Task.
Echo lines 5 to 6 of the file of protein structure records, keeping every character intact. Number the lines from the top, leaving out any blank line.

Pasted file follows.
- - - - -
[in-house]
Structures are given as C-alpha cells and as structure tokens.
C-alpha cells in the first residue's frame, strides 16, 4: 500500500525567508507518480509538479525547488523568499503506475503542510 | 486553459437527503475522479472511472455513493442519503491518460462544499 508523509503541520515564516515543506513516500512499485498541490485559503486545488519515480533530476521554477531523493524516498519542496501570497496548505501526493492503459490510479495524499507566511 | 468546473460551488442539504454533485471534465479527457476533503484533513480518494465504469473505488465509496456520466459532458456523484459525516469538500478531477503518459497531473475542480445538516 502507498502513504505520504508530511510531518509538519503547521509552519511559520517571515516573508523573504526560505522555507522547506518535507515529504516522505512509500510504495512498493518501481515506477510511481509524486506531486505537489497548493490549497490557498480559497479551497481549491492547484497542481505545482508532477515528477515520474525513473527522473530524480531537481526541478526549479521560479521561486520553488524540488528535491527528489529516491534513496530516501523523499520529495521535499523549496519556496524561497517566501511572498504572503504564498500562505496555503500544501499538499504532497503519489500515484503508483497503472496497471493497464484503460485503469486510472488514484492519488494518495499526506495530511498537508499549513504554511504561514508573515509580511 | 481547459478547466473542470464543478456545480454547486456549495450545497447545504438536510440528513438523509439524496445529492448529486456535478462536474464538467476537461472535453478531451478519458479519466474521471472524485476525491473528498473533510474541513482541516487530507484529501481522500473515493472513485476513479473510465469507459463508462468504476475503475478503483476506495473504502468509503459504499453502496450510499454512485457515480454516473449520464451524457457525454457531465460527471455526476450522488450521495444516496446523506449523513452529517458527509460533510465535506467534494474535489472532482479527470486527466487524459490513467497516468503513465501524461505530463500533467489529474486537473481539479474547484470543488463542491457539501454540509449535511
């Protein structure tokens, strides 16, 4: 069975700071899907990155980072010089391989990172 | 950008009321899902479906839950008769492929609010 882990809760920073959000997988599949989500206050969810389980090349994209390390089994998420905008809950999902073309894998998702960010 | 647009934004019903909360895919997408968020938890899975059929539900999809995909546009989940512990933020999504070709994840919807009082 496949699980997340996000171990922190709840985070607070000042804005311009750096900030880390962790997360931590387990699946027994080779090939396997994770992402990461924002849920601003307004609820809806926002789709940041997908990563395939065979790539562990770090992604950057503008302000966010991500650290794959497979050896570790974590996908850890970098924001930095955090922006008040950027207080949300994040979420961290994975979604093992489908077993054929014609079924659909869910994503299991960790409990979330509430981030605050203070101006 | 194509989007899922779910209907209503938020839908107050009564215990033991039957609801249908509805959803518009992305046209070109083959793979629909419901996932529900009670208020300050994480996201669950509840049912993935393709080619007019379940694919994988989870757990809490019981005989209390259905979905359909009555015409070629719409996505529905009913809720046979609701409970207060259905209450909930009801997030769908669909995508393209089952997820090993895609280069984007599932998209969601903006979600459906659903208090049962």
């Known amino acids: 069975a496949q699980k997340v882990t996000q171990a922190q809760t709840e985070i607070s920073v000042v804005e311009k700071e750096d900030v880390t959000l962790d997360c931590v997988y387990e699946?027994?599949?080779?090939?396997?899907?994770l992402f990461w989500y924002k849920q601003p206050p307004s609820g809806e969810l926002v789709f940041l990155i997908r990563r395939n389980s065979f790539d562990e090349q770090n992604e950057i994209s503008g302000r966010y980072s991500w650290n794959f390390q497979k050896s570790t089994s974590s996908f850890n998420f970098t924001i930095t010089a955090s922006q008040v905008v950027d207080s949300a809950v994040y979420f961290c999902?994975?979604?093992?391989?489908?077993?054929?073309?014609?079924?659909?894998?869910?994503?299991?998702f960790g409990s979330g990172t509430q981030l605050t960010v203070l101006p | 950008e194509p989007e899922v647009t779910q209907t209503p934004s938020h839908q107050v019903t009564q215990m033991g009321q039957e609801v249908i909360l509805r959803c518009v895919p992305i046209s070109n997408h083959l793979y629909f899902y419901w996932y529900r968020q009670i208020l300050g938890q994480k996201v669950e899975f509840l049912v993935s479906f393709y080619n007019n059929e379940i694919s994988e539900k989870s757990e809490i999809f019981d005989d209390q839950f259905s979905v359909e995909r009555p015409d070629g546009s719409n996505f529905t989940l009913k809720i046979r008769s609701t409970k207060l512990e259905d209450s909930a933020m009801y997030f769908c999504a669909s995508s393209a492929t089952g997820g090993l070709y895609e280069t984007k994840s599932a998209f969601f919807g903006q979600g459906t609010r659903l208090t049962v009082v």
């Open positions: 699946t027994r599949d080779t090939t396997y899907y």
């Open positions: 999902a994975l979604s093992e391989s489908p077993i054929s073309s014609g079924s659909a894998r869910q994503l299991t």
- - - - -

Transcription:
């Known amino acids: 069975a496949q699980k997340v882990t996000q171990a922190q809760t709840e985070i607070s920073v000042v804005e311009k700071e750096d900030v880390t959000l962790d997360c931590v997988y387990e699946?027994?599949?080779?090939?396997?899907?994770l992402f990461w989500y924002k849920q601003p206050p307004s609820g809806e969810l926002v789709f940041l990155i997908r990563r395939n389980s065979f790539d562990e090349q770090n992604e950057i994209s503008g302000r966010y980072s991500w650290n794959f390390q497979k050896s570790t089994s974590s996908f850890n998420f970098t924001i930095t010089a955090s922006q008040v905008v950027d207080s949300a809950v994040y979420f961290c999902?994975?979604?093992?391989?489908?077993?054929?073309?014609?079924?659909?894998?869910?994503?299991?998702f960790g409990s979330g990172t509430q981030l605050t960010v203070l101006p | 950008e194509p989007e899922v647009t779910q209907t209503p934004s938020h839908q107050v019903t009564q215990m033991g009321q039957e609801v249908i909360l509805r959803c518009v895919p992305i046209s070109n997408h083959l793979y629909f899902y419901w996932y529900r968020q009670i208020l300050g938890q994480k996201v669950e899975f509840l049912v993935s479906f393709y080619n007019n059929e379940i694919s994988e539900k989870s757990e809490i999809f019981d005989d209390q839950f259905s979905v359909e995909r009555p015409d070629g546009s719409n996505f529905t989940l009913k809720i046979r008769s609701t409970k207060l512990e259905d209450s909930a933020m009801y997030f769908c999504a669909s995508s393209a492929t089952g997820g090993l070709y895609e280069t984007k994840s599932a998209f969601f919807g903006q979600g459906t609010r659903l208090t049962v009082v």
């Open positions: 699946t027994r599949d080779t090939t396997y899907y």